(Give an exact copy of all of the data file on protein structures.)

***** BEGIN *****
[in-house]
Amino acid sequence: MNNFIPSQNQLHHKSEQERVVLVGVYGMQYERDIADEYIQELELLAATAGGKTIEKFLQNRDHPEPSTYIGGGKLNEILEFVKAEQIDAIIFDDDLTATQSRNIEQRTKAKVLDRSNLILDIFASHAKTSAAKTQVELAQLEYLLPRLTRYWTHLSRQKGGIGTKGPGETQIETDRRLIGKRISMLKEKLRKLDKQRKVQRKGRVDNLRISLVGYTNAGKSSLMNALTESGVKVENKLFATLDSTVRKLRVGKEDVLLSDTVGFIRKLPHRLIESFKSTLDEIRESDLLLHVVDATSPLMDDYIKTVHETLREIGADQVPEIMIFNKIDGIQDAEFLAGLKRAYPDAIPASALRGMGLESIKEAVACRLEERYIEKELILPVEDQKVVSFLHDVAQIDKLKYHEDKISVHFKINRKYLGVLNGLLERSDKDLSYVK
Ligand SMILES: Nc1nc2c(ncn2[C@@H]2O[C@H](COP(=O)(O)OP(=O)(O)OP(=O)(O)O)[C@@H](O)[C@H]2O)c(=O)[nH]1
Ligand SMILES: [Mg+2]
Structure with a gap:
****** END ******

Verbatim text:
[in-house]
Amino acid sequence: MNNFIPSQNQLHHKSEQERVVLVGVYGMQYERDIADEYIQELELLAATAGGKTIEKFLQNRDHPEPSTYIGGGKLNEILEFVKAEQIDAIIFDDDLTATQSRNIEQRTKAKVLDRSNLILDIFASHAKTSAAKTQVELAQLEYLLPRLTRYWTHLSRQKGGIGTKGPGETQIETDRRLIGKRISMLKEKLRKLDKQRKVQRKGRVDNLRISLVGYTNAGKSSLMNALTESGVKVENKLFATLDSTVRKLRVGKEDVLLSDTVGFIRKLPHRLIESFKSTLDEIRESDLLLHVVDATSPLMDDYIKTVHETLREIGADQVPEIMIFNKIDGIQDAEFLAGLKRAYPDAIPASALRGMGLESIKEAVACRLEERYIEKELILPVEDQKVVSFLHDVAQIDKLKYHEDKISVHFKINRKYLGVLNGLLERSDKDLSYVK
Ligand SMILES: Nc1nc2c(ncn2[C@@H]2O[C@H](COP(=O)(O)OP(=O)(O)OP(=O)(O)O)[C@@H](O)[C@H]2O)c(=O)[nH]1
Ligand SMILES: [Mg+2]
Structure with a gap: